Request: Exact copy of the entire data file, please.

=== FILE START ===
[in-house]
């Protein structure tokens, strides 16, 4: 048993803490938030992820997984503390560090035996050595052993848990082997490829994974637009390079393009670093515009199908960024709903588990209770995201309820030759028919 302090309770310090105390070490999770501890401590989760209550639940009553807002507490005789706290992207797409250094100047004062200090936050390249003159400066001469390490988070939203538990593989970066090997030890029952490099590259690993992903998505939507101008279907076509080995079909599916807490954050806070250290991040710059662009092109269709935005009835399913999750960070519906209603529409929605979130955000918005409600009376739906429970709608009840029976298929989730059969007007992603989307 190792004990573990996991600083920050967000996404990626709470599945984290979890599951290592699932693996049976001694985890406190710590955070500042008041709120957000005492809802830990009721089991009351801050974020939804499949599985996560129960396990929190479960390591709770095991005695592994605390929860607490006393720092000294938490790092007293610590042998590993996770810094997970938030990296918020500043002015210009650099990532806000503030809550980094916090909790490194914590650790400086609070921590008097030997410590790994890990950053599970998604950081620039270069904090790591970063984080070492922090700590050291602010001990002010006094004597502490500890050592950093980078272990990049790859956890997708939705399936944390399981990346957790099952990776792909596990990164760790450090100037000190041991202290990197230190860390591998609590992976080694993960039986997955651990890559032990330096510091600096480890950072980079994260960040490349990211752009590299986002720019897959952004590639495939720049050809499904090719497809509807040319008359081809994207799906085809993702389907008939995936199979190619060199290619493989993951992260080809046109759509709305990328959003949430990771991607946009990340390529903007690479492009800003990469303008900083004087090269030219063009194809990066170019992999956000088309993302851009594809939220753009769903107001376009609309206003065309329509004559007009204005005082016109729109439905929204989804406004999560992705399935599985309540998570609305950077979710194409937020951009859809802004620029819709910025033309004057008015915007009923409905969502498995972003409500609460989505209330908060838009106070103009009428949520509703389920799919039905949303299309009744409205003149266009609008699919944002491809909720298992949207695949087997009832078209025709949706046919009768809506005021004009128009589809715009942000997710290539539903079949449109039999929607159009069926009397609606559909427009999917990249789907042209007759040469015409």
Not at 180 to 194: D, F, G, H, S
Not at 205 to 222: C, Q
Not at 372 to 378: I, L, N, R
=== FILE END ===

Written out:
[in-house]
């Protein structure tokens, strides 16, 4: 048993803490938030992820997984503390560090035996050595052993848990082997490829994974637009390079393009670093515009199908960024709903588990209770995201309820030759028919 302090309770310090105390070490999770501890401590989760209550639940009553807002507490005789706290992207797409250094100047004062200090936050390249003159400066001469390490988070939203538990593989970066090997030890029952490099590259690993992903998505939507101008279907076509080995079909599916807490954050806070250290991040710059662009092109269709935005009835399913999750960070519906209603529409929605979130955000918005409600009376739906429970709608009840029976298929989730059969007007992603989307 190792004990573990996991600083920050967000996404990626709470599945984290979890599951290592699932693996049976001694985890406190710590955070500042008041709120957000005492809802830990009721089991009351801050974020939804499949599985996560129960396990929190479960390591709770095991005695592994605390929860607490006393720092000294938490790092007293610590042998590993996770810094997970938030990296918020500043002015210009650099990532806000503030809550980094916090909790490194914590650790400086609070921590008097030997410590790994890990950053599970998604950081620039270069904090790591970063984080070492922090700590050291602010001990002010006094004597502490500890050592950093980078272990990049790859956890997708939705399936944390399981990346957790099952990776792909596990990164760790450090100037000190041991202290990197230190860390591998609590992976080694993960039986997955651990890559032990330096510091600096480890950072980079994260960040490349990211752009590299986002720019897959952004590639495939720049050809499904090719497809509807040319008359081809994207799906085809993702389907008939995936199979190619060199290619493989993951992260080809046109759509709305990328959003949430990771991607946009990340390529903007690479492009800003990469303008900083004087090269030219063009194809990066170019992999956000088309993302851009594809939220753009769903107001376009609309206003065309329509004559007009204005005082016109729109439905929204989804406004999560992705399935599985309540998570609305950077979710194409937020951009859809802004620029819709910025033309004057008015915007009923409905969502498995972003409500609460989505209330908060838009106070103009009428949520509703389920799919039905949303299309009744409205003149266009609008699919944002491809909720298992949207695949087997009832078209025709949706046919009768809506005021004009128009589809715009942000997710290539539903079949449109039999929607159009069926009397609606559909427009999917990249789907042209007759040469015409």
Not at 180 to 194: D, F, G, H, S
Not at 205 to 222: C, Q
Not at 372 to 378: I, L, N, R